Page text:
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BEAUTY IS IN THE EYE OF THE BEHOLDER

Becky and the Butterfly Girl

Written by Janet Young

Illustrated by Vladimir Cebu

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Charming picture book featuring a child named Becky who guides her young readers on a tour of her butterfly garden. Becky’s garden is designed as a wild flower garden with water features, a pond filled with fish, birdhouses and bee houses, but most importantly it provides a safe haven for butterflies. Monarch butterflies are quickly disappearing due to the rapid expansion of roads and cities. Becky’s tour leads us through cone flowers, monarda, asters, goldenrod and milkweed. This garden is free of pesticides and chemical fertilizers. The monarch butterflies lay their eggs on the underside of milkweed leaves; which are the only kind of food they eat, but which are poisonous to humans. Once the eggs become caterpillars, Becky’s dad carefully moves them to a cage where they continue to feed on milkweed leaves until they form a chrysalis. After about ten days they emerge as butterflies, when they are carefully released from their cage.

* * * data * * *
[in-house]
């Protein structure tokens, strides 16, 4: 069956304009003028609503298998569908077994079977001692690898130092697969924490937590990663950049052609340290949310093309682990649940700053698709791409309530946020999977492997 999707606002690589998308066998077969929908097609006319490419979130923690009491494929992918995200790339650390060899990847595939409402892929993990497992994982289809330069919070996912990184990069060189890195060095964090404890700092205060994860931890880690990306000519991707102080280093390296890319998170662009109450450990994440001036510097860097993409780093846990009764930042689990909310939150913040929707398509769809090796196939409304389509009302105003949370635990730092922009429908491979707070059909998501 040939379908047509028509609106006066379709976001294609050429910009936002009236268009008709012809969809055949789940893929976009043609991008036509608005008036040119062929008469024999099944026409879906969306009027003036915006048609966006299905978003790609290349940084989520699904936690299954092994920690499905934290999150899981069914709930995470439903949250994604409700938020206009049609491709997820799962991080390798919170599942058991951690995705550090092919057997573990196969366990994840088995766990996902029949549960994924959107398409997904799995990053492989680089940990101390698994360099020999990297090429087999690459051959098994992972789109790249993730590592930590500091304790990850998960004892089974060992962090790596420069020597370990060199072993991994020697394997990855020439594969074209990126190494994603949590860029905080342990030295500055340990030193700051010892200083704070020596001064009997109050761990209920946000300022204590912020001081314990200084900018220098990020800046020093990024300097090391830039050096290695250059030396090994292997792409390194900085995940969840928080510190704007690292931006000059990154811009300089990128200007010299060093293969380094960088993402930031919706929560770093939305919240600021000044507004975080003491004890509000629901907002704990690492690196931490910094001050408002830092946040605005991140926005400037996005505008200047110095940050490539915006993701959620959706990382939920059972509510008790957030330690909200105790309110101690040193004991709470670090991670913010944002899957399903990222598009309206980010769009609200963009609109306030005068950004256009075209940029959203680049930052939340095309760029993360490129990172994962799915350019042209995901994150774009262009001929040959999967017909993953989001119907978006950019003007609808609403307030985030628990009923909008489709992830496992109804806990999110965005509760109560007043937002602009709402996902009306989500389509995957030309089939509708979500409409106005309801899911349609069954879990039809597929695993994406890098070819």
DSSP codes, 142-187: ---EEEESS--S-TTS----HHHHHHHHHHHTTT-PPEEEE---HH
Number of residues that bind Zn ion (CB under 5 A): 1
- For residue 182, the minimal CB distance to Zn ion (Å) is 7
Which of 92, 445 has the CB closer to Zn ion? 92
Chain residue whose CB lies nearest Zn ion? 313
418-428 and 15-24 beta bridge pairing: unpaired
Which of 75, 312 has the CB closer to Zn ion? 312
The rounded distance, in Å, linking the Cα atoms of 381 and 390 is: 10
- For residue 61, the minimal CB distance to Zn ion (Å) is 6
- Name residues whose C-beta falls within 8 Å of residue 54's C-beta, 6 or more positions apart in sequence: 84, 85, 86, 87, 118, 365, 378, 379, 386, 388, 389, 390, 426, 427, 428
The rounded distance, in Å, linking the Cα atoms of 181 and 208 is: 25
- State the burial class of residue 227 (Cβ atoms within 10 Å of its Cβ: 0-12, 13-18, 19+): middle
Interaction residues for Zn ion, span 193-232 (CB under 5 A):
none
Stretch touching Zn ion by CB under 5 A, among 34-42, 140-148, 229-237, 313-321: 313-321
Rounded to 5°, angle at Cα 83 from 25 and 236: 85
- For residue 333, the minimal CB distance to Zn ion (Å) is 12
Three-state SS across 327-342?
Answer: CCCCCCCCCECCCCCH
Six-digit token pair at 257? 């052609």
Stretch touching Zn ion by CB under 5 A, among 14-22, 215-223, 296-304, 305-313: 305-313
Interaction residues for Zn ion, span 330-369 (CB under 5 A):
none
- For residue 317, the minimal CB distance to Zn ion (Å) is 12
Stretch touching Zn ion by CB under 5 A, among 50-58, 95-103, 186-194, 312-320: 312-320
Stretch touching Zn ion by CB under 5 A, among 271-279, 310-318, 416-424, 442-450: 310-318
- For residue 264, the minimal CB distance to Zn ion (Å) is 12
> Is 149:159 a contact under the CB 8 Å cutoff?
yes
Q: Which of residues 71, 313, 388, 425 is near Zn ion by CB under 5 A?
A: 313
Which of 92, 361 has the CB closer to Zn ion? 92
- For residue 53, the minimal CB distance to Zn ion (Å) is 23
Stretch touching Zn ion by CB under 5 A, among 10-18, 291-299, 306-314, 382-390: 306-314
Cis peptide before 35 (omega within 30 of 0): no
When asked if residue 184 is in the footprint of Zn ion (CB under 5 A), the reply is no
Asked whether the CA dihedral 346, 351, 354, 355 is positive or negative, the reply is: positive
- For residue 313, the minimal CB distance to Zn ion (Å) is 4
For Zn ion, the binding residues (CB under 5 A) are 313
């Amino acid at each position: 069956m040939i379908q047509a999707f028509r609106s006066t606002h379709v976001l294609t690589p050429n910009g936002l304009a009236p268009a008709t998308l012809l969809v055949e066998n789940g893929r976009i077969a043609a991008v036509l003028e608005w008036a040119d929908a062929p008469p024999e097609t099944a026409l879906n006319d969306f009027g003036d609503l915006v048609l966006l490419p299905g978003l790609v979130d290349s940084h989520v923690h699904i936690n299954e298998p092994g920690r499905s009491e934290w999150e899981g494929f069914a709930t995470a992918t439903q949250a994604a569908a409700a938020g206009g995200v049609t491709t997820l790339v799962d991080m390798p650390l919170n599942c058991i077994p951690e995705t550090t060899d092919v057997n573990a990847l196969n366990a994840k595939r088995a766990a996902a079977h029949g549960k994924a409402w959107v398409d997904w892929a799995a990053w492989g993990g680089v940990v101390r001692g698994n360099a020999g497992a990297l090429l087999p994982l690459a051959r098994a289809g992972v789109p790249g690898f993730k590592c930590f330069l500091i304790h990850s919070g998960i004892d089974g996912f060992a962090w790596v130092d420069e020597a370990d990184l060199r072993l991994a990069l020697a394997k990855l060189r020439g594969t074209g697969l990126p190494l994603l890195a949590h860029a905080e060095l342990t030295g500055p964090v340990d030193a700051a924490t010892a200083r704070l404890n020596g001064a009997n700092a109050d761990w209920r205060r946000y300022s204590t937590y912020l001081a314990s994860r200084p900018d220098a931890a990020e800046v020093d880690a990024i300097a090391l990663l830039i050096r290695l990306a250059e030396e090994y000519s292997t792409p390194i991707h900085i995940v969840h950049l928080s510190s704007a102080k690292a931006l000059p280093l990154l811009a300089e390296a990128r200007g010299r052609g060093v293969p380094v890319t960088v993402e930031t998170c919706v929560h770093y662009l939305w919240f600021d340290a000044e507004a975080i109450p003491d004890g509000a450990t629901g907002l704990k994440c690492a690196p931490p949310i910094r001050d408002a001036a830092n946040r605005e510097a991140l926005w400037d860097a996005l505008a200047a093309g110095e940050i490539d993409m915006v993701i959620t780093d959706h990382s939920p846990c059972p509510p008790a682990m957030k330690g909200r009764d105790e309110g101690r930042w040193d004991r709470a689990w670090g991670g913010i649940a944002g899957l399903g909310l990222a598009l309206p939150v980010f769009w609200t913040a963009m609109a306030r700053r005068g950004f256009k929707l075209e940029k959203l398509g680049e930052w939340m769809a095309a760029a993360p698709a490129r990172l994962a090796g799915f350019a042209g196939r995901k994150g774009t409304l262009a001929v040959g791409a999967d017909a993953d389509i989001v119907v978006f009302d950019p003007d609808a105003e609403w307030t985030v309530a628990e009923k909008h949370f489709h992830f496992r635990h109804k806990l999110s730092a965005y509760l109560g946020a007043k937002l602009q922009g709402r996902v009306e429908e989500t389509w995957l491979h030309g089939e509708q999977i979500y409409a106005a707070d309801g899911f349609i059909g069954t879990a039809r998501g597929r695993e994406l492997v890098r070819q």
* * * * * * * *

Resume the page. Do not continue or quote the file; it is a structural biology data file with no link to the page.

The illustrations depict Becky and her beautiful garden plants and animal friends. Story is based on Becky Lecroy, a genuine character whose parents raise monarch butterflies in their own wild flower backyard. Nice way to teach children about the life cycle of the monarch butterfly and the importance of conserving the species. Targeted for grades preschool through grade four, this book should be included on classroom shelves in elementary school as well as those in libraries and environmentally conscious parents who might want to undertake the project on a smaller scale. I personally plant milkweed in my tiny garden to encourage monarchs to settle there. Sadly, in recent years, I have noticed a dramatic drop in the lovely creatures that used to fill my backyard.

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IT’S ELEMENTARY….. #Read Kids Classics

Morris the Moose Goes to School